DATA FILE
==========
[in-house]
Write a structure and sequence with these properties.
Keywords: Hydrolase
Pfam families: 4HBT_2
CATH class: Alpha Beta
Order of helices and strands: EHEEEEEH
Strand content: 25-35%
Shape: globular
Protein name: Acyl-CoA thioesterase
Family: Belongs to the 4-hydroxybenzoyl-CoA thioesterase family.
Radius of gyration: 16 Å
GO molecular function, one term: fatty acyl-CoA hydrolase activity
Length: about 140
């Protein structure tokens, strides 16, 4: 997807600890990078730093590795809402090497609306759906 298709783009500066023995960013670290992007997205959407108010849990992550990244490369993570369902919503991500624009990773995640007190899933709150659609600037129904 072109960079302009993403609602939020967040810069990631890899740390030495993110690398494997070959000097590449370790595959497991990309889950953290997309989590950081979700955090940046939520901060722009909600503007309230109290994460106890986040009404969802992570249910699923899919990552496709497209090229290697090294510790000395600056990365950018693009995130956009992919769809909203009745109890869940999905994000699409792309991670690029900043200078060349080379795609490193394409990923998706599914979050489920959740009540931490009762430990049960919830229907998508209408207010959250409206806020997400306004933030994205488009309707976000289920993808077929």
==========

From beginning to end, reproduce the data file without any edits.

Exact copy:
[in-house]
Write a structure and sequence with these properties.
Keywords: Hydrolase
Pfam families: 4HBT_2
CATH class: Alpha Beta
Order of helices and strands: EHEEEEEH
Strand content: 25-35%
Shape: globular
Protein name: Acyl-CoA thioesterase
Family: Belongs to the 4-hydroxybenzoyl-CoA thioesterase family.
Radius of gyration: 16 Å
GO molecular function, one term: fatty acyl-CoA hydrolase activity
Length: about 140
């Protein structure tokens, strides 16, 4: 997807600890990078730093590795809402090497609306759906 298709783009500066023995960013670290992007997205959407108010849990992550990244490369993570369902919503991500624009990773995640007190899933709150659609600037129904 072109960079302009993403609602939020967040810069990631890899740390030495993110690398494997070959000097590449370790595959497991990309889950953290997309989590950081979700955090940046939520901060722009909600503007309230109290994460106890986040009404969802992570249910699923899919990552496709497209090229290697090294510790000395600056990365950018693009995130956009992919769809909203009745109890869940999905994000699409792309991670690029900043200078060349080379795609490193394409990923998706599914979050489920959740009540931490009762430990049960919830229907998508209408207010959250409206806020997400306004933030994205488009309707976000289920993808077929």